Wednesday, July 9, 2008

It's gonna be a CBS-erific July

It's been almost 20 years since Fox broke the mold and starting airing new shows during summer (ahh...the halcyon days of 90210: The First Generation). But now it's de rigueur. This July alone, CBS debuts three series and trots out the Julie Chen vehicle -- Big Brother. Quelle Fun! Time to get a big old bag of popcorn, curl up on the couch and read US Weekly because your other choice is to watch one of these...

The Greatest American Dog -- (July 10, CBS) -- Don't know if you've been paying attention to their ads, but it's clear the "Who Let the Dogs Out!" campaign didn't test well. They've schmaltzed up the spots and they look like they're for Extreme Makeover: Dog Edition. Either way, this show is going to suck. I've already seen the skateboarding Bulldog on YouTube and the iPhone ads. Until Rover can turn a Goofy-Footed Agro Backside 900 like Tony Hawk, I don't care. And neither should you.

Flashpoint -- (July 11, CBS) -- It's a bunch of shows you never watched combined into something vaguely palatable -- think of it as televised Scrapple. It appears to be part STANDOFF part NCIS with a dash of THE UNIT. It debuts on a Friday in July, so I wouldn't get too invested in this one. In fact, by the time you read this posting, it will already be off the air.

Big Brother -- (July 13, CBS) -- Just months after the riveting conclusion of Big Brother: Writers' Strike Edition, a new crew will gather together in a gussied up double wide in Culver City and allow us to watch their less-than-interesting lives. Here's my prediction: men won't wear shirts, women will wear bikini tops and shorts, alliances will be formed and broken, there will be a "shocker that'll throw the Big Brother house into disarray" and in spite of average ratings, BB will be back next summer. How close am I?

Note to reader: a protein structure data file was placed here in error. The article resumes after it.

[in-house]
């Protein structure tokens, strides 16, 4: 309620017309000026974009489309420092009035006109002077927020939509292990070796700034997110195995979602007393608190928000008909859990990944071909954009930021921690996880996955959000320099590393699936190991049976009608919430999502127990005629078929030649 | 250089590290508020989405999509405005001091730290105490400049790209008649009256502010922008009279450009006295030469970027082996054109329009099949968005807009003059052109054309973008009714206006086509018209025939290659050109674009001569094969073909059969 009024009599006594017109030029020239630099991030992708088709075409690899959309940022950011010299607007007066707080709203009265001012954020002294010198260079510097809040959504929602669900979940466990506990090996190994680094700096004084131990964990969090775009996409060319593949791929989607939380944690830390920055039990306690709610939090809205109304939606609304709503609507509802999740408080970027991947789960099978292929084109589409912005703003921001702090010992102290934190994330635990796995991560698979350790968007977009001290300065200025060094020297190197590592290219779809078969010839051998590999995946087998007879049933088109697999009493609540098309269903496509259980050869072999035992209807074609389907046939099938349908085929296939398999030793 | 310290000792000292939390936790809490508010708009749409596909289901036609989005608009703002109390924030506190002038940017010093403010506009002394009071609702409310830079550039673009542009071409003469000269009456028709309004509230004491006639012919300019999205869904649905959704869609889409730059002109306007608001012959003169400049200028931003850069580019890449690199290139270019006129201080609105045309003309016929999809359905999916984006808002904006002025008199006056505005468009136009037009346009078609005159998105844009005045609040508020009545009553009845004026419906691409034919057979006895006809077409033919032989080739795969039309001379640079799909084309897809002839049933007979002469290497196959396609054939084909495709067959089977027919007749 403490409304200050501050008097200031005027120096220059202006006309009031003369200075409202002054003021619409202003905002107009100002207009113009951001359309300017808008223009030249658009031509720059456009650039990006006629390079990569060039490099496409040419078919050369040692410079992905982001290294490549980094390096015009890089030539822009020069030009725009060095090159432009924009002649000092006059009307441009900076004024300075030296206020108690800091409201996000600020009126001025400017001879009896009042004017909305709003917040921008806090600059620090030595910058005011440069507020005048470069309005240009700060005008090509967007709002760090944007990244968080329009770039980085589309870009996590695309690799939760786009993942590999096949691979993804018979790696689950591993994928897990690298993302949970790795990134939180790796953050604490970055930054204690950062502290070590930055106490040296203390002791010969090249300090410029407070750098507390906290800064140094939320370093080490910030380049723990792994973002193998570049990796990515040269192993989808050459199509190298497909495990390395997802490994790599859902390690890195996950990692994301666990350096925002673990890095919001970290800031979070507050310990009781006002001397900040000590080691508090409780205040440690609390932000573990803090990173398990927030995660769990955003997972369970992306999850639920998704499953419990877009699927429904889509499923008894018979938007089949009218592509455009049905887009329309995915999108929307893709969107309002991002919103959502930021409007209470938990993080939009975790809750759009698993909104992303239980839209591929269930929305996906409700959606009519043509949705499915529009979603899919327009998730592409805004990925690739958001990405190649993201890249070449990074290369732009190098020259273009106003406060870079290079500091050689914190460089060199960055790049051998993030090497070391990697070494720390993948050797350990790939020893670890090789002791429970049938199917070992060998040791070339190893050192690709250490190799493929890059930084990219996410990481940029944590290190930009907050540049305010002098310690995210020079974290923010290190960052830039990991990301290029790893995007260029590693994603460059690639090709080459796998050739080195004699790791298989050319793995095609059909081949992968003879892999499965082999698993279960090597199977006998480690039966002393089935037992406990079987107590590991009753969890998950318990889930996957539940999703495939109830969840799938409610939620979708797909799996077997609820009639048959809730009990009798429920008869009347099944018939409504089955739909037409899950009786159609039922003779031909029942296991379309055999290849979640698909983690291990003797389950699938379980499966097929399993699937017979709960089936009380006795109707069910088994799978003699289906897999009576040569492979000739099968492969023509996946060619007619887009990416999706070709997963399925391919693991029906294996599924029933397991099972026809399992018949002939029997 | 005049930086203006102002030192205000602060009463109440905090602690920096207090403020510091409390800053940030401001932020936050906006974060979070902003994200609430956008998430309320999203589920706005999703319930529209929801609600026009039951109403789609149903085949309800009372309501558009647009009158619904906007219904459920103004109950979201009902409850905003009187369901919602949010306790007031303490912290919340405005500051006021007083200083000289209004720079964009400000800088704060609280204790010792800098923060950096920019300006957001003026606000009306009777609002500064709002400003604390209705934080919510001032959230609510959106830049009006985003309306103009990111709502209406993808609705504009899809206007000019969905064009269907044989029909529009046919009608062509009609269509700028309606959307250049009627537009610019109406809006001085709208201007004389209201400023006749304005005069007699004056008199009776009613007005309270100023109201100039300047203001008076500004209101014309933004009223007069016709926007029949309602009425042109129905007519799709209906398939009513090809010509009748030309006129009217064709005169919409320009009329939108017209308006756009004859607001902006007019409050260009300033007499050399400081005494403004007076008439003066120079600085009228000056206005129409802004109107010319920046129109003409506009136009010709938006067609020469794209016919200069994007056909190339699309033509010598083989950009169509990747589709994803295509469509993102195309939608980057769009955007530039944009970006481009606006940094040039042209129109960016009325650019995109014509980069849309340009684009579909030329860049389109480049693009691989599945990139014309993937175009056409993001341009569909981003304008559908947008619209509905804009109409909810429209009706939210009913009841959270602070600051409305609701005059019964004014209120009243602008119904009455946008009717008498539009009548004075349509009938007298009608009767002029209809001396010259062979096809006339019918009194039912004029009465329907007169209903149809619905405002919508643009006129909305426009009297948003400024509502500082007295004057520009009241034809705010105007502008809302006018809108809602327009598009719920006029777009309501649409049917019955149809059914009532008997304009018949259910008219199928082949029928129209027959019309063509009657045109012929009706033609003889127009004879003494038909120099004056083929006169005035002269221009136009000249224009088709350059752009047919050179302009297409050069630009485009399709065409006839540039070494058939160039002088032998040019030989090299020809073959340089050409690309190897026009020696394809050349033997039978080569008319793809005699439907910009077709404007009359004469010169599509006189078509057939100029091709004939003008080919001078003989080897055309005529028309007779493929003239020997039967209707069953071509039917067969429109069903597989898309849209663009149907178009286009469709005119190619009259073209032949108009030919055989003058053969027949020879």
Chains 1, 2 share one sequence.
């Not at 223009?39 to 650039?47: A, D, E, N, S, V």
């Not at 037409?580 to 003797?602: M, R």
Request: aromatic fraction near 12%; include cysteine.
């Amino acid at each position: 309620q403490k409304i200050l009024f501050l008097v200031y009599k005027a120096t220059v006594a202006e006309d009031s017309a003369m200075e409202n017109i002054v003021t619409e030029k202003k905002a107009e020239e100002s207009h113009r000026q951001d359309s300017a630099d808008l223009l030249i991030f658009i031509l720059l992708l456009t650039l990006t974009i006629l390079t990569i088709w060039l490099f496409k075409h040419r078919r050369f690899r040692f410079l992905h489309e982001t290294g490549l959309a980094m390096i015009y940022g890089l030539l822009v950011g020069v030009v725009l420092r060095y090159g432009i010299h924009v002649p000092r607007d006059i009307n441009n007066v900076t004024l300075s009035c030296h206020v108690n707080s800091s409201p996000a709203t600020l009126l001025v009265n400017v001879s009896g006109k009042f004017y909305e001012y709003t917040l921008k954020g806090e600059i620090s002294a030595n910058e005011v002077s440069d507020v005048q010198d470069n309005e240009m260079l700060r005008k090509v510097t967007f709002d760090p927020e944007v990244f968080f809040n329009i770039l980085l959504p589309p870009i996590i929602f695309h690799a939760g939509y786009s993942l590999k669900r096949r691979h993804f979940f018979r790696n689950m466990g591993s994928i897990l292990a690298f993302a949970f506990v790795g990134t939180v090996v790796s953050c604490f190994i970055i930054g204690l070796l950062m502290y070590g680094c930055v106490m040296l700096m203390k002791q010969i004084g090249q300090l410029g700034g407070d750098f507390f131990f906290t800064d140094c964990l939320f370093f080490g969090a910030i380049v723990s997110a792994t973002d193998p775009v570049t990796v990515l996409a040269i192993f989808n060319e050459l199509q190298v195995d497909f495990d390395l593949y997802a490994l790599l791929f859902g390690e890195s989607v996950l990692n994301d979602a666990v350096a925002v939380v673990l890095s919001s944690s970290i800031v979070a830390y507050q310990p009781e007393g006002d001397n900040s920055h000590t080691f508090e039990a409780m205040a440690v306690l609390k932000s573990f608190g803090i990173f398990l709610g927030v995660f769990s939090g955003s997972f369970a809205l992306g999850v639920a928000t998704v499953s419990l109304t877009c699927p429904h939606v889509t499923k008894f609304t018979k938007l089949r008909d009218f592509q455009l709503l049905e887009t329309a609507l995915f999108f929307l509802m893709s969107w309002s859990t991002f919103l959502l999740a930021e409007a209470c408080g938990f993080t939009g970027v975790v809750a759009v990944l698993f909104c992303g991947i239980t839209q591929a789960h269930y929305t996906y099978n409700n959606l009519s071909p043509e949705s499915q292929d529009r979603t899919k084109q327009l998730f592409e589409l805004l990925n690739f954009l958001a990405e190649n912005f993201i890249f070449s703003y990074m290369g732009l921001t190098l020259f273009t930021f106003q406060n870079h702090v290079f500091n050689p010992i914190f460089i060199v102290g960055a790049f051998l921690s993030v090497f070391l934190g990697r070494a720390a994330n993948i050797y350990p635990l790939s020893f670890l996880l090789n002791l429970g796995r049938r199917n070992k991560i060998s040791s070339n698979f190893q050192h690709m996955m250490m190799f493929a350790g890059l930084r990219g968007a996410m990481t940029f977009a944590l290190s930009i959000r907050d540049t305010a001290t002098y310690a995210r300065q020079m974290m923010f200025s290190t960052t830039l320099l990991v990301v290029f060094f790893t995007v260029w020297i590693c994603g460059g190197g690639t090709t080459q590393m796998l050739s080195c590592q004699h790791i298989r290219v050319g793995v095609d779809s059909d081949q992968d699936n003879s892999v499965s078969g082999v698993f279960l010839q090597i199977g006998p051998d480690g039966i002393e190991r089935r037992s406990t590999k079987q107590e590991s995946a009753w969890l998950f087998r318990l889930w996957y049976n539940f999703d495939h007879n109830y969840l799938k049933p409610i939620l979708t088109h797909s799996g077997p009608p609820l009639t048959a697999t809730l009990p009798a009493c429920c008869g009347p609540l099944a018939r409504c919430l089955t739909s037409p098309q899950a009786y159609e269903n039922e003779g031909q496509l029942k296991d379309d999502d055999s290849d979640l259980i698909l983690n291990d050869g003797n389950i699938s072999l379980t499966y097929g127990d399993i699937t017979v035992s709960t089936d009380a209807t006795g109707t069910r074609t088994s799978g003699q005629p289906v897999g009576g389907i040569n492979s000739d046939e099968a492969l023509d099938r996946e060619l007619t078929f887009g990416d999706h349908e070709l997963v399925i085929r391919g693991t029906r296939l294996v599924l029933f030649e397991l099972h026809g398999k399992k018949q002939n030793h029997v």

Jingles -- (July 27, CBS) -- There are infomericals, there are product placements, there are shows like Viper and then there's Jingles. Produced by "Reality" (or are we using "non-scripted" these days) King Mark Burnett, this show gives participants the opportunity to write ad jingles for real products. Seems like a great idea. CBS wins with ratings. The product wins with publicity and a killer new ad slogan they got on the cheap. The only loser in this game is the contestant who, by winning, gets to be a junior copywriter at an ad agency. You know the economy is bad when people are competing for a $40,000/yr job.

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